New design: Old-new home for Nacional
source: StadiumDB.com; author: michał
They’ve been using this place since 1900 and apparently want to spend decades more at Gran Parque Central. Nacional de Montevideo are launching a bold project to revamp their home.
Gran Parque Central is 115 years old. And despite quite recent works to renovate it, it’s hardly the stadium to serve for many more years. Especially with archrivals Penarol building a brand new arena with higher commercial potential.
That's why this scheme for Nacional de Montevideo was presented last year. It varies significantly from the plan of Penarol. Instead of building from scratch, Nacional decided to expand and upgrade their existing home to reach 40,000 seats with a light cover and smart, modest outer wrap.
Nearly all stands will have parts of them retained and upper sections added, creating a massive wall of skyboxes (254 in total, 183 new ones), which are crucial to the project. Sale of the boxes is financing the project’s cost, while additional sections for regular fans, 450 underground parking places and numerous other facilities should improve matchday use and revenue.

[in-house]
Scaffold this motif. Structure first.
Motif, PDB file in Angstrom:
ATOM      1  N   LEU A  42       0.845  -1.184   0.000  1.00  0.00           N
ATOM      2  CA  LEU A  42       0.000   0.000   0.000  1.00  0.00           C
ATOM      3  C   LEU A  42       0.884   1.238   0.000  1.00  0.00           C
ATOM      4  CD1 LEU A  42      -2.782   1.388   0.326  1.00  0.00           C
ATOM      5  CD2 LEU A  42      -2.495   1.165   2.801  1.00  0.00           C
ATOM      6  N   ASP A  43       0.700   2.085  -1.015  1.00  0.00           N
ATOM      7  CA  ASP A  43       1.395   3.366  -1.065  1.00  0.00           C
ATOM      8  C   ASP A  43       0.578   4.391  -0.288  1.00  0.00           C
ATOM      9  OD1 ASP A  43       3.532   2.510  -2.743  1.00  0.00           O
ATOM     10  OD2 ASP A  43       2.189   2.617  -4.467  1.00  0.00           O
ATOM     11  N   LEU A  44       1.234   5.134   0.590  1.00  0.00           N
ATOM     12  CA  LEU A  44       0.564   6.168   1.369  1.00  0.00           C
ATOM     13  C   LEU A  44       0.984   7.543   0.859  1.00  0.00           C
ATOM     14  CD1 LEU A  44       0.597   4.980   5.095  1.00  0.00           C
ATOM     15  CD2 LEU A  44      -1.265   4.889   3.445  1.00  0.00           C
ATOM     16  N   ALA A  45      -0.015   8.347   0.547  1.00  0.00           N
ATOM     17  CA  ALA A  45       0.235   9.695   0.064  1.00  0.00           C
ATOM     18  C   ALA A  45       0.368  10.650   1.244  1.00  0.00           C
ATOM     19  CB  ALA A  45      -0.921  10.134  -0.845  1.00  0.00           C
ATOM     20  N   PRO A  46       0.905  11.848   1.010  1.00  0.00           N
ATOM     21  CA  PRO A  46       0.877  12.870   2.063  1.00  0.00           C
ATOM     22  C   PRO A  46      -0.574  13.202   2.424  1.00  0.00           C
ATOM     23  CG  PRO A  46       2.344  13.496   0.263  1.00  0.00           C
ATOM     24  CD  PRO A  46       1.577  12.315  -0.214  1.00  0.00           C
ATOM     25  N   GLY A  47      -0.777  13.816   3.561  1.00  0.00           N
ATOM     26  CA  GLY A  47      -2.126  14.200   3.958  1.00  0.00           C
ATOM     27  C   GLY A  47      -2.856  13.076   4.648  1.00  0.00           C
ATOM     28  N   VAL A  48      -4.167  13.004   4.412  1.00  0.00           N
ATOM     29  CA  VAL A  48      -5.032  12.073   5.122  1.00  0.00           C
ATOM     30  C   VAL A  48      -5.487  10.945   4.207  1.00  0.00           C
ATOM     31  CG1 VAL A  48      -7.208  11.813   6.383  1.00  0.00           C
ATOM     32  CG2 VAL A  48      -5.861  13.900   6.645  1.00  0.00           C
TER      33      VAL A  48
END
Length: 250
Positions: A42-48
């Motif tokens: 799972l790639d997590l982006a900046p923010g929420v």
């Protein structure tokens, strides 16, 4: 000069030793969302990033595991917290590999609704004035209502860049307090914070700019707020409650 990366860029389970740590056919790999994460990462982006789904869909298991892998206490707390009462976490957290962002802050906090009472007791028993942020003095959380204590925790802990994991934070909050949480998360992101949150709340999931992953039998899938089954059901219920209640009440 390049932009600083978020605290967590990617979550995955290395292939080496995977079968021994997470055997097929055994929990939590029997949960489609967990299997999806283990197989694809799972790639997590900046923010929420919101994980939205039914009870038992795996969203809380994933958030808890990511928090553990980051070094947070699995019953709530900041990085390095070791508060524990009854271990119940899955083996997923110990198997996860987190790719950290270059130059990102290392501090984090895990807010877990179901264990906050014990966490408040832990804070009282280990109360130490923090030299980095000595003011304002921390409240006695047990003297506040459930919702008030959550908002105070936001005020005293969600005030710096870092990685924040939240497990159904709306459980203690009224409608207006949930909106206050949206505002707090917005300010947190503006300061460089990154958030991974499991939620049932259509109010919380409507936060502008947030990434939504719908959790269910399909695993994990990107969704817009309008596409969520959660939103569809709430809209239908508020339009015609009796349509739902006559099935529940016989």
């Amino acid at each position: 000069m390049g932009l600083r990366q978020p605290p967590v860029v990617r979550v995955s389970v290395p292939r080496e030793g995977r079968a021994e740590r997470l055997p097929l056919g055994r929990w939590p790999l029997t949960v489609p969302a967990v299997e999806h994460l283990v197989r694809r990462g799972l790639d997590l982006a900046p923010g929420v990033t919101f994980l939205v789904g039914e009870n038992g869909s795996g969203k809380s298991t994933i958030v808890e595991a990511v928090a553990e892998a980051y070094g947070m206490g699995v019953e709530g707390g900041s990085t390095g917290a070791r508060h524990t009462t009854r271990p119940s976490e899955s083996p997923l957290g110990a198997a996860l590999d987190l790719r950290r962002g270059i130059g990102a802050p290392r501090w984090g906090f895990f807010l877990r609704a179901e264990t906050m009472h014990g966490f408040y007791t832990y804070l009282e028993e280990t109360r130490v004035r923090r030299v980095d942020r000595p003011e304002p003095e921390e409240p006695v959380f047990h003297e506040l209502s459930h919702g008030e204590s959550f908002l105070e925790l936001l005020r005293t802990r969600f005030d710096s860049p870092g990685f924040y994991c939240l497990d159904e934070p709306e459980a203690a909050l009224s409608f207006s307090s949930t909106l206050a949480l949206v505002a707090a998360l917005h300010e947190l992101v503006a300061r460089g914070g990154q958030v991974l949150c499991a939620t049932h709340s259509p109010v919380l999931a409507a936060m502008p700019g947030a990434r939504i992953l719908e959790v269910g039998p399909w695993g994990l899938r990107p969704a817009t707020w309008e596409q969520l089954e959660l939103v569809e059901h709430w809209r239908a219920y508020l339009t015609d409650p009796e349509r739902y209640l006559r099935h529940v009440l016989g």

In total this means adding 5,180 business seats and an entirely new upper tier of 8,226 seats. Altogether this will create a very tight bowl with atmosphere amplified thanks to the roof hanging directly on top of them. Two corners along the western side will be entirely occupied by premium seating pavilions, also holding themed bars.
Initially the plan was contemplated as a one-phase development that would end as soon as 2016, but eventually a phased concept was chosen. Preparatory works for the first phase (south and east stands) began in June 2015, actual construction to follow in September. Remaining works are to be carried out as the first phase ends. The phasing is presented below:
The stadium, if completed successfully, may become one of Uruguay’s host venues for the 2030 World Cup. Or so the Uruguayans may hope as the country is still unsure of filing an official bid. Should such a bid be submitted and win FIFA’s approval, Uruguay would host their second World Cup exactly 100 years since the first tournament ever to be organized by FIFA in Montevideo.